Hakeem al-Araibi, a Bahraini citizen, will return home to Australia on Tuesday after being held for two months in a Bangkok prison.
"Now the next step is for him to return home", Morrison told reporters in Canberra. Morrison cautioned, however, "as is always in these cases, people aren't home until they're home".
Al-Araibi was detained in November past year over an extradition request from Bahrain upon arriving at Bangkok Airport to start his honeymoon.
But after al-Araibi's release, Bahrain's Foreign Ministry said in a statement the 10-year jail sentence remained in place and reaffirmed the country's right to "pursue all necessary legal actions against him". Al-Araibi, 25, rejoined his wife who was with him when he was arrested at Suvarnabhumi Airport on November 27.
Mr al-Araibi alleged his criticism of Bahrain royal family member and Asian Football Confederation president Sheikh Salman was one of the reasons he was being persecuted.
He also believes he was targeted for arrest because of his Shiite faith and because his brother was politically active in Bahrain.
Following the development, his office resolved in a meeting that it would not proceed with the trial against al-Araibi.
Islamic State leader Baghdadi fought off coup attempt by foreign bodyguards
But activists and residents say IS still has sleeper cells in Syria and Iraq, and is laying the groundwork for an insurgency. The group says it is aware of at least five foreign ISIS suspects who were transferred from Syria to Iraq by USA forces.
Alicia Keys Promises Peace Will Reign At Female-Focused Grammys
Diana Ross is also expected to take the stage as part of a Motown tribute and will also be celebrated for her landmark career. - And the host of the night will go to Alicia Keys , who has won 15 Grammys since the release of her debut album in 2001.
Tuchel believes it'll be 'super difficult' for Cavani to face Manchester United
However, Tuchel says the Italy worldwide is eager to play a part. "Verratti can play and will play", said the German coach. Fellow forward Neymar has been ruled out of Tuesday's first leg and the return game on 6 March through injury.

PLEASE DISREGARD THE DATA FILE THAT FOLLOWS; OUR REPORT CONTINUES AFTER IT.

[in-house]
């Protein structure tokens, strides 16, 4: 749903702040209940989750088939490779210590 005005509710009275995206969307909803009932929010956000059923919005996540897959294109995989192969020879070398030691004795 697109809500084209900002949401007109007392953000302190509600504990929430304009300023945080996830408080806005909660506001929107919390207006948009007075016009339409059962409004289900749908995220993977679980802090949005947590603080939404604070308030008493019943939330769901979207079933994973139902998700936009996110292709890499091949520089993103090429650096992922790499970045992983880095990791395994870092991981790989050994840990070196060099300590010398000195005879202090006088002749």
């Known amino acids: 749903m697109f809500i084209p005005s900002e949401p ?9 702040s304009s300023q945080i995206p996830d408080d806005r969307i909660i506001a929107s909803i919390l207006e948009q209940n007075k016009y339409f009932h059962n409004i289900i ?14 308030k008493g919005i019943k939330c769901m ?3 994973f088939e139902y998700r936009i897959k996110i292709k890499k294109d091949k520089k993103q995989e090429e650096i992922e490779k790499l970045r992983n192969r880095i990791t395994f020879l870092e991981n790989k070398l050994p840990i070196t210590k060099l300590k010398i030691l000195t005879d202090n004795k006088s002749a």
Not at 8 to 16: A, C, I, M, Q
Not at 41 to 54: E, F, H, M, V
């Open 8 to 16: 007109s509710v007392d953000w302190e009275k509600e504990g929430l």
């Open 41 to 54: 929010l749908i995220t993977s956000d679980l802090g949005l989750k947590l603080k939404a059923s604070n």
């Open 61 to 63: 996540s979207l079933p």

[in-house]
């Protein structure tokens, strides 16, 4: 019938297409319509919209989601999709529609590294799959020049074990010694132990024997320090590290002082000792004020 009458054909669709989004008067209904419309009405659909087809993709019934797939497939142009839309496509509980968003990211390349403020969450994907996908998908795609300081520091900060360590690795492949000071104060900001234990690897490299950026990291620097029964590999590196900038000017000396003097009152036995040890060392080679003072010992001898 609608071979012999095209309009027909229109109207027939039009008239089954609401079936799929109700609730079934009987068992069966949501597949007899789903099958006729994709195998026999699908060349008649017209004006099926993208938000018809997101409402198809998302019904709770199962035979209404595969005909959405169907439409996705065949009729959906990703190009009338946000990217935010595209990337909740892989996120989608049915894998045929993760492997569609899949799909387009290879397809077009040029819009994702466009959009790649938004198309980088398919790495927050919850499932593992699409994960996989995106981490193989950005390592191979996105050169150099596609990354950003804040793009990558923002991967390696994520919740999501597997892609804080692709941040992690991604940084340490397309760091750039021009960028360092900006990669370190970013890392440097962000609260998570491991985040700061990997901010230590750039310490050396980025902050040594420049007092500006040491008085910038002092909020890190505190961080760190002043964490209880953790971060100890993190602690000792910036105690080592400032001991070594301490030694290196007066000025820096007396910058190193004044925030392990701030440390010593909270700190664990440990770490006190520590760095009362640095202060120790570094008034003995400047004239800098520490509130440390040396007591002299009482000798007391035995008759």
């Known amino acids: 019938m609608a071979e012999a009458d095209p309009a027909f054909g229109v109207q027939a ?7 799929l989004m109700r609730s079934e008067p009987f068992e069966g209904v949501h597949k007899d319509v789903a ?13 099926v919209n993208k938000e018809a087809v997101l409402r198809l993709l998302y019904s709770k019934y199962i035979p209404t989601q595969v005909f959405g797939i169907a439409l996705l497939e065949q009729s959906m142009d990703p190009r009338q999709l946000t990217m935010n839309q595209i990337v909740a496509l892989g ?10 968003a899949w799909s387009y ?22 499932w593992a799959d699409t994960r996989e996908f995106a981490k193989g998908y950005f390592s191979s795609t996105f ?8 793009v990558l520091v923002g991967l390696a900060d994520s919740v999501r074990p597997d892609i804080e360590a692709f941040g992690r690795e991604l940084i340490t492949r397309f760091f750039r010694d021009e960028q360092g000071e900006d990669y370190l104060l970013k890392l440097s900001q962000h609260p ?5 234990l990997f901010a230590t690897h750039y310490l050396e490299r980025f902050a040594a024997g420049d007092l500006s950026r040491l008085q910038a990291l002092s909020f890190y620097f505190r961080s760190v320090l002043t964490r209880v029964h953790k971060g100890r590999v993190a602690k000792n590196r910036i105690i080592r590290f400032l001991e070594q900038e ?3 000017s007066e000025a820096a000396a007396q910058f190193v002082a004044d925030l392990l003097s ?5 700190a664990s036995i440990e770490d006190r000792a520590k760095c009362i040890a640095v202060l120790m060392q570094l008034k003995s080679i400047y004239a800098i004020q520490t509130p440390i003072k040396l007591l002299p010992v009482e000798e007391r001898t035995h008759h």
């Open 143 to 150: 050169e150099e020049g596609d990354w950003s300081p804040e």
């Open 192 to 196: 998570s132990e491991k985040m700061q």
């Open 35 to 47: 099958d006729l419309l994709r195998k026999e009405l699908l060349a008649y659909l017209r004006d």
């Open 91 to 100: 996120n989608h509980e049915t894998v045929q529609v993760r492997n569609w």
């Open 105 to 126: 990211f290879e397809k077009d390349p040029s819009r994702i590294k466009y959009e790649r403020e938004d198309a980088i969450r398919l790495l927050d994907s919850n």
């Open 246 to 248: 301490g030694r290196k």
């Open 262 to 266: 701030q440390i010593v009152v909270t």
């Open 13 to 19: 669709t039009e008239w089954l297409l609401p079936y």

A report commissioned by Bahrain's own monarch in 2011 found authorities engaged in "a systematic practice of physical and psychological mistreatment, which in many cases amounted to torture, with respect to a large number of detainees in their custody".
"I would like to say thanks to Australia".
Al-Araibi's ordeal shone a light on the human rights violations committed against athletes around the world, Foster said. In 2014, Bahrain convicted him in abstentia and sentenced him to a decade in prison. He had travelled to the Thai capital on honeymoon. "My life is in danger".
Al-Araibi has permanent residency in Australia and has lived there for five years. Yet, Australia's Embassy in Thailand released a statement indicating it may have contributed to his arrest in Bangkok by notifying Thailand of his travel.
The refugee footballer was facing the possibility of being sent back to Bahrain - where human rights activists said he would nearly definitely be tortured - after being arrested in Thailand while on his honeymoon. "I love Australia", he said.
Al-Araibi's plight has inspired a broad global outcry that included pressure from the sports world. There was no equivalent of the #SaveHakeem campaign now catching on online when, for example, Thailand turned over a planeload of asylum-seekers to China in 2015, flown back with their heads covered in black hoods and flanked by masked Chinese security agents. On Monday, they celebrated news of his release.
Support for the young footballer's release was galvanised by former Socceroo Craig Foster with FIFA, the International Olympic Committee, and high-profile players calling for Thailand to free him. "It is a commitment enshrined in our human rights policy", he said.